Studies have shown that older people who have close human connections and relationships not only live longer, but also cope better with health conditions and experience less depression.
Antonella Segre - Social Prescribing
Social Prescribing – An Old
Concept but a New Way
Antonella Segre - CEO
Purpose of Today
o Define Social Prescribing
o Demonstrate two community-based case
studies where social prescribing is resulting in:
Improved Community Wellbeing
Improved Mental Health Outcomes
Reduction in Social Exclusion
What is Social Prescribing?
What would it look like for the healthcare system
to see a patient as a whole person, instead of
focusing on just their medical diagnoses?
What if, along with medication, doctors and
nurse practitioners were enabled to prescribe
dance lessons, cooking classes, volunteer roles,
caregiver supports, single-parent groups, and
connections to bereavement networks?
A new WAY of thinking
about health care
Social prescribing is a structured way of referring people to
a range of local, non-clinical services.
It complements clinical treatments and seeks to address
people’s needs in a holistic way.
This asset-based approach goes beyond treating illnesses.
It recognizes people as not just patients with needs, but as
community members with gifts to share, while supporting
them to engage with and contribute back to their
It’s all about the Person
The social prescription should be an activity that is
in keeping with the individual’s interests in order
to enhance its benefits and individual adherence
These activities can then be combined with
appropriate medical treatment (if required) to
optimise chances of recovery, wellbeing and
overall quality of life.
Social Prescribing’s Connection to the
Sustainable Health Review
o Ageing population
o Chronic disease cost
o ED attendances on the rise
o Hospital admissions on the rise
o Fewest GPs per capita of all States
o Value for money
o Partnerships across sectors
o Technology and innovation
The CLB Program enables:
1. Clinicians/allied health/social workers
within the hospital system to prescribe
the most appropriate care, which may
be non-medical, by connecting patients,
families and carers to supports within
their community through the CLB
2. It enables patients and their families
to feel empowered in their choices and
best self manage their recovery
Social Inclusion as a determinant of mental health
o Growing body of evidence of the link between
social capital and mental health and wellbeing.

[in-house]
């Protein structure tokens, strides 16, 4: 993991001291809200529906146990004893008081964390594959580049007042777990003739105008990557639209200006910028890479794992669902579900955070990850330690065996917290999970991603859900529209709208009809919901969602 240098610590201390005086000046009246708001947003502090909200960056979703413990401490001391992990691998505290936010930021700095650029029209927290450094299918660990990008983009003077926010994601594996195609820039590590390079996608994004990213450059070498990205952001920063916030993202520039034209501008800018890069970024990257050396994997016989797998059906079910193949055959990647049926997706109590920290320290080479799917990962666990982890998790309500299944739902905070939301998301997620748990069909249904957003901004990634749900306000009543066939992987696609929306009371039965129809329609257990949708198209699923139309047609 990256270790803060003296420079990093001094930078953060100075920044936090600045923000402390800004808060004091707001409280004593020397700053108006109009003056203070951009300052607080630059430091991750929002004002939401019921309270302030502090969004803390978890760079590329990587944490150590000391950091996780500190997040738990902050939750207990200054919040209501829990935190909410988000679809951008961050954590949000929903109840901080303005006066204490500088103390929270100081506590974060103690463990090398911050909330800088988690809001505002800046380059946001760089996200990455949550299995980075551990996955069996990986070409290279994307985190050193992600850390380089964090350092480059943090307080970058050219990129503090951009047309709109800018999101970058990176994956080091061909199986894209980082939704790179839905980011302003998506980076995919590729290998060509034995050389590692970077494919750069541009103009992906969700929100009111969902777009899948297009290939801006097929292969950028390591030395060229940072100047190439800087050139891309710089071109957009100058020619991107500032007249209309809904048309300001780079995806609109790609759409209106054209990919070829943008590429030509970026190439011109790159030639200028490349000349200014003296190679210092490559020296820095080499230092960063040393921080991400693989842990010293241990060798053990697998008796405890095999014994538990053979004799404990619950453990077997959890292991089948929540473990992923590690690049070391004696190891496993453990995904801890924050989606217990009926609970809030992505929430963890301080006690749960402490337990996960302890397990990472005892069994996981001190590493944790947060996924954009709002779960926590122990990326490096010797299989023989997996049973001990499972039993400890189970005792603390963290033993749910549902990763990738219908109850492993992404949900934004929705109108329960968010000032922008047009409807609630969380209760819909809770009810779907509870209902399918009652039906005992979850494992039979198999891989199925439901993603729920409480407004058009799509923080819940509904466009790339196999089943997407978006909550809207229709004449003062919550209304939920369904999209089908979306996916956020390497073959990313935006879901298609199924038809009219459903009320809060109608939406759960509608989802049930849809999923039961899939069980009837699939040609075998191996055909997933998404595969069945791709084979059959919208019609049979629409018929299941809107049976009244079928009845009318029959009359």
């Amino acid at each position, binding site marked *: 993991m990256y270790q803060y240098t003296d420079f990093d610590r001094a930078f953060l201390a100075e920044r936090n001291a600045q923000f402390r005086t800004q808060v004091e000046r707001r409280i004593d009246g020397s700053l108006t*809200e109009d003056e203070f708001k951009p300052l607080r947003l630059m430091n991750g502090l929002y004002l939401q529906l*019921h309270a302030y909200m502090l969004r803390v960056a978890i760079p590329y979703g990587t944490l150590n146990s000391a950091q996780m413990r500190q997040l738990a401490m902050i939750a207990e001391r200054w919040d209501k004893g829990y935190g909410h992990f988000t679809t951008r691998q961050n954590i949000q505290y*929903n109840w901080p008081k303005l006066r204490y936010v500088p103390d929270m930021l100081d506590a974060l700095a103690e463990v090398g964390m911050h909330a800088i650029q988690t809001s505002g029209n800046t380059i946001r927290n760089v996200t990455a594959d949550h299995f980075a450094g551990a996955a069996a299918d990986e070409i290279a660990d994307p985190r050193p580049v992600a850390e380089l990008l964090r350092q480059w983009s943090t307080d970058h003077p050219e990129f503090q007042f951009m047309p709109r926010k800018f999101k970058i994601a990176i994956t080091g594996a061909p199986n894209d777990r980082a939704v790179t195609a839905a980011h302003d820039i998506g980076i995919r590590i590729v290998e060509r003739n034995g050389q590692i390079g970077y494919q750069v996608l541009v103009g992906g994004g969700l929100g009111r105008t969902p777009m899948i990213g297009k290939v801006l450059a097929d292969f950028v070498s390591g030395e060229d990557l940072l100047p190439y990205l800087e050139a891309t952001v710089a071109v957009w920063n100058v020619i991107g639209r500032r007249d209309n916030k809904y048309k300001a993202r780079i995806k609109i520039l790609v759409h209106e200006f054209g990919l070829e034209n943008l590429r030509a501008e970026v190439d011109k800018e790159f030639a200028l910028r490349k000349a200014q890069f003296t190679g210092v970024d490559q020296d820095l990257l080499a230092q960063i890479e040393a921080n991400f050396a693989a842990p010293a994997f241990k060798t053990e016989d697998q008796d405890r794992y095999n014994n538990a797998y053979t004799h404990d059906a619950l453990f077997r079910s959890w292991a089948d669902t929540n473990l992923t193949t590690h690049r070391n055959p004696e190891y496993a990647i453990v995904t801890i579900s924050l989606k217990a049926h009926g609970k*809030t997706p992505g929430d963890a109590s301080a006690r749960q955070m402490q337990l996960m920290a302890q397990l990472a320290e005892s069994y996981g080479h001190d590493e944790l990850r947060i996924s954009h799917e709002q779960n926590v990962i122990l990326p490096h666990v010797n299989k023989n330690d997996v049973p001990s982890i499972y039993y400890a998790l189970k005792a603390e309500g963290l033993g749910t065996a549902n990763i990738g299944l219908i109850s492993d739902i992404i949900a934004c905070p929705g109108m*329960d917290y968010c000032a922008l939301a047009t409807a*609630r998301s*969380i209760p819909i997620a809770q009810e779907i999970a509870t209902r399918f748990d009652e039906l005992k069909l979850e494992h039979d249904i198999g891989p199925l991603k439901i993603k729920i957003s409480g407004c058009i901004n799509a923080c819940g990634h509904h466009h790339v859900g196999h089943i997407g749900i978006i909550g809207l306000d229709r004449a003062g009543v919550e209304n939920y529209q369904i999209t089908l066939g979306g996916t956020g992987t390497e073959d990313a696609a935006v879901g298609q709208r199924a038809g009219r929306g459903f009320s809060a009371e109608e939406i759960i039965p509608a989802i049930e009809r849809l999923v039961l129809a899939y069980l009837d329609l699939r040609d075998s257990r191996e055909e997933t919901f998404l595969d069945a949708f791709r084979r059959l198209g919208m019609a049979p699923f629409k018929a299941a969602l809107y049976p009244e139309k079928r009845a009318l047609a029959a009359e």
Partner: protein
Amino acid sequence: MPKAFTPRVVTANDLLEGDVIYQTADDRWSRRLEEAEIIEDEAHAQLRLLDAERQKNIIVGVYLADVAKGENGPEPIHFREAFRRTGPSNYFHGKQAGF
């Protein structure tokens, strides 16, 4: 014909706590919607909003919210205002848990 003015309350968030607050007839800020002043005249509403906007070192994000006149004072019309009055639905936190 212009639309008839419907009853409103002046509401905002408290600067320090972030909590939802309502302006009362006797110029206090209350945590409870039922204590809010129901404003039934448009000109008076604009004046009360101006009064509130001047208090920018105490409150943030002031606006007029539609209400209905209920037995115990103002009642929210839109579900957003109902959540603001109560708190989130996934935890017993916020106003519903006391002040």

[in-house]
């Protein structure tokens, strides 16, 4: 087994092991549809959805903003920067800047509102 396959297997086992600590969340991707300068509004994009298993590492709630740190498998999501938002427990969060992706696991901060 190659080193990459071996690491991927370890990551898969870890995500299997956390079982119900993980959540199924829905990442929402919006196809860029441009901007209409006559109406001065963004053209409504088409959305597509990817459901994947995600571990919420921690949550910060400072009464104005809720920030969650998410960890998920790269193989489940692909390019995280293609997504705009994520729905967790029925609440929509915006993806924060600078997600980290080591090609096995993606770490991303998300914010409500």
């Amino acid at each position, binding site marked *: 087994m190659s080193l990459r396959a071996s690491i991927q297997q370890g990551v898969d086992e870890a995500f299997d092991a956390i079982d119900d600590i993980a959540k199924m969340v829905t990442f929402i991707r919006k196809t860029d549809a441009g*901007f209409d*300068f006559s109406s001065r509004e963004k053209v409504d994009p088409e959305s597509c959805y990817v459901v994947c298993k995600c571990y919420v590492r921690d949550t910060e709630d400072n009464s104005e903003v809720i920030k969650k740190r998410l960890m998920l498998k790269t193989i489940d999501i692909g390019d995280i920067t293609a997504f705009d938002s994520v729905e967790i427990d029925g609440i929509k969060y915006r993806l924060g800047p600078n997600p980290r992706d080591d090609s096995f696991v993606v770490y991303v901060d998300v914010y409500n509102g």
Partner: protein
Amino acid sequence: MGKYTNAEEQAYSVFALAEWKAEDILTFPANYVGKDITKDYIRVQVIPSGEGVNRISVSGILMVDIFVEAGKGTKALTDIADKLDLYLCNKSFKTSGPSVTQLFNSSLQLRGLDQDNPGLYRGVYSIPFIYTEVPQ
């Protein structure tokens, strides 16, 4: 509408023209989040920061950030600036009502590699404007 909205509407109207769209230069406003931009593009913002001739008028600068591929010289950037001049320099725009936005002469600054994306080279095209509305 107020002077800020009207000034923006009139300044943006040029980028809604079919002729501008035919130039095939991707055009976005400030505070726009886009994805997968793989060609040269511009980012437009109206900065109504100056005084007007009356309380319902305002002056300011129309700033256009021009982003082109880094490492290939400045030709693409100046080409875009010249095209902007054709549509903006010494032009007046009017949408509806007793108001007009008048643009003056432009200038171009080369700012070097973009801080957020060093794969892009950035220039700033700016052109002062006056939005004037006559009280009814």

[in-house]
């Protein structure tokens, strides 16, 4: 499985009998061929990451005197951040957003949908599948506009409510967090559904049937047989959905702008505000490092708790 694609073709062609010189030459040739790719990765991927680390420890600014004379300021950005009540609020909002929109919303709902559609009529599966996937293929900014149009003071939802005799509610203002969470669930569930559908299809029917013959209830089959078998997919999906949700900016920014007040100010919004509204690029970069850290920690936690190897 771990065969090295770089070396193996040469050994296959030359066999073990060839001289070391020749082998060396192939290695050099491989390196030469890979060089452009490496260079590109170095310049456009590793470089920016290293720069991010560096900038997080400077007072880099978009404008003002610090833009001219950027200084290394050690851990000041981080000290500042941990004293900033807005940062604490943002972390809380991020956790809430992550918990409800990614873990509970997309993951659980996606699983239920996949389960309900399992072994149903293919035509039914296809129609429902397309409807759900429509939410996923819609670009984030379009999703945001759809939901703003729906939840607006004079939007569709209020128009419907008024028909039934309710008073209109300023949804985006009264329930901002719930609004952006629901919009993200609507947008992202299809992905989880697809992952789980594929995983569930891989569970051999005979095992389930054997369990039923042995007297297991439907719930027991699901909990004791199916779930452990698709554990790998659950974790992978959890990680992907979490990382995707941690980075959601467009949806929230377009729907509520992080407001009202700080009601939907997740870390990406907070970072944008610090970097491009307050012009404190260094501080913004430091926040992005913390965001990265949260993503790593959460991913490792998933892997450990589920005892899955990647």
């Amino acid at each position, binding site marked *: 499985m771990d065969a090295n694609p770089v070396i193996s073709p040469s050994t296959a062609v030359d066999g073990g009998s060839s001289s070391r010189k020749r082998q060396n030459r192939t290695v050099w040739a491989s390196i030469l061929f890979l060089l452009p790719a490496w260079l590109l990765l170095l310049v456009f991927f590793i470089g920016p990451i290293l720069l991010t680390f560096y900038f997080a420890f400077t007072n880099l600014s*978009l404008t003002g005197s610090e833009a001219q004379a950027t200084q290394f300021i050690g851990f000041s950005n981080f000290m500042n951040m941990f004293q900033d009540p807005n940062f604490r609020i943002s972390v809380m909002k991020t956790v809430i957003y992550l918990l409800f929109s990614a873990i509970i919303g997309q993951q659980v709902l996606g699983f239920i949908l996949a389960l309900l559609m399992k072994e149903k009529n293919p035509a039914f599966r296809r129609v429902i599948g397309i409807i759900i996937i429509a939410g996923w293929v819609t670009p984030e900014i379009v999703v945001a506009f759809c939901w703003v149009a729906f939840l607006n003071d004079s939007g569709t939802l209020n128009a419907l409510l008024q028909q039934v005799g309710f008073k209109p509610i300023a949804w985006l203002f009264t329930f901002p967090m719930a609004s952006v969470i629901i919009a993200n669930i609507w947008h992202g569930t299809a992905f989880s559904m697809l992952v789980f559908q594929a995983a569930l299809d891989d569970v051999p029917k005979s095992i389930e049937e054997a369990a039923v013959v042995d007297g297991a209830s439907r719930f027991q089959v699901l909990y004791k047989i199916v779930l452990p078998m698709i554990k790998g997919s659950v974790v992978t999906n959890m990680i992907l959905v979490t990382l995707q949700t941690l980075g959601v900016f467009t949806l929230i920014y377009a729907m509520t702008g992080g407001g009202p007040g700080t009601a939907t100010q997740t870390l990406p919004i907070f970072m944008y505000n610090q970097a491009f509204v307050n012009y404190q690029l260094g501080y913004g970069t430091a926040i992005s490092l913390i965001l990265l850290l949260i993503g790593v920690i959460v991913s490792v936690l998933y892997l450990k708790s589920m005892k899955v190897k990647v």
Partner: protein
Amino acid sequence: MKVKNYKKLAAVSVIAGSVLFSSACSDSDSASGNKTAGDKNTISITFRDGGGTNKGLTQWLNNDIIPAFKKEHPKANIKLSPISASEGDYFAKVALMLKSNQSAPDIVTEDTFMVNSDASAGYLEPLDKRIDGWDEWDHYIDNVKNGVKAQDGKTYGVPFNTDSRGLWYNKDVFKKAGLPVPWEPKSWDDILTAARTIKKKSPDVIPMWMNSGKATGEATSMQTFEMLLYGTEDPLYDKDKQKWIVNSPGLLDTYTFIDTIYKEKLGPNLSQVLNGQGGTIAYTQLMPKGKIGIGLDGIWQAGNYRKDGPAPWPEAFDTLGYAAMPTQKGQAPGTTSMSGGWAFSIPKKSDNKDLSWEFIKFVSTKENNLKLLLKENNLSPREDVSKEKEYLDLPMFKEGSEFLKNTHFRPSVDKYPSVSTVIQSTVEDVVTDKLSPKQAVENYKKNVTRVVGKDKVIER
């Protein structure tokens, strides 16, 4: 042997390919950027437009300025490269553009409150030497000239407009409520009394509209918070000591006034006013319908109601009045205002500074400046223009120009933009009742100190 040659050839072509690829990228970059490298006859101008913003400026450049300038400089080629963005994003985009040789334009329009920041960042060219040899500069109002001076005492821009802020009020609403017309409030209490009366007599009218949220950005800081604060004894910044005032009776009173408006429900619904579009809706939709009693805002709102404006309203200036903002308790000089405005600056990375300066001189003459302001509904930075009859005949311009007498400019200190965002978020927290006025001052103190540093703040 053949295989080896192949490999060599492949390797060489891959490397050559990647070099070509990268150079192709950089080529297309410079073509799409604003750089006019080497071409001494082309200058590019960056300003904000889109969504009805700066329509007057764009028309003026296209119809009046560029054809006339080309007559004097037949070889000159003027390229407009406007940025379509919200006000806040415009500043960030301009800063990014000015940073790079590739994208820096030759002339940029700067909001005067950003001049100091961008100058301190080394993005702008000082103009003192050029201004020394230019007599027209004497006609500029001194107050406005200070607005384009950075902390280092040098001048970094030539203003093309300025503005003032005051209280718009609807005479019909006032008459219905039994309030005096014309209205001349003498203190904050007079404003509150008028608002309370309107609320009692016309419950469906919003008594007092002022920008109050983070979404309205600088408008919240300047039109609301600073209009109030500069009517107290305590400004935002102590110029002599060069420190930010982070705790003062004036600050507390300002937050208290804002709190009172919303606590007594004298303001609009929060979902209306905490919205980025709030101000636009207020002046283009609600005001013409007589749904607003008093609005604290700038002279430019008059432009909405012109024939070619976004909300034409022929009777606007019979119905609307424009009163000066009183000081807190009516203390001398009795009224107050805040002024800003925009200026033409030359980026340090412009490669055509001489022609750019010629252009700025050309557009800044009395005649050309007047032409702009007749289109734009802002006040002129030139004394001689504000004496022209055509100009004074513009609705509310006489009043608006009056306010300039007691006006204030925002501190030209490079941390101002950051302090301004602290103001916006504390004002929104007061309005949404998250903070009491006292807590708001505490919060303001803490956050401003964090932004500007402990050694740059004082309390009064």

Studies identify that social support:
o strengthens mental health
o reduces depressive episodes
o has a protective effect on health
Community Link Booth Outcomes
THE PURPOSE OF THE MODEL
o to empower seniors to improve their quality of life by
creating meaningful long-term relationships with
other members of the community and finding a
sense of purpose and belonging.
o assist seniors in the early stages of dementia by
linking them to relevant support and activities they
can safely participate in.
o address isolation and suicide audiation
Link to seniors in isolation:
o Improved Community Wellbeing
o Improved Mental Health Outcomes
o Reduction in Social Exclusion
o Single Council | Low Cost | Volunteer Operated
Hand to Heart Outcomes
Home Visits 50
Seniors re-connected to community 30
68% of seniors were successfully reconnected back to
Both programs have established Good
Practice models that are scalable across all
councils within the state, with minimal
investment and meaningful outcomes.
Social Prescribing is Scalable
Key stakeholders to engage with to set up a social
o Health and Mental Health care workers
o Community and Neighbourhood centres
Partnerships and Collaboration in
LOOK FOR THE OPPORTUNITY
Psychosocial problems impact on the health and wellbeing of
Primary care staff may feel overwhelmed and not equipped to
handle the psychosocial problems that primary care patients
The commonly available options for patients presenting
psychosocial problems are medication, psychotherapy (cognitive
behavioural therapy), and counselling.
Despite the potential benefits and policy attention, community,
voluntary, and social enterprise sector willingness to address the
wider determinants of health in primary care often remains
underused due to weak or non-existent links between the two
PARTNERSHIPS IS THE ANSWER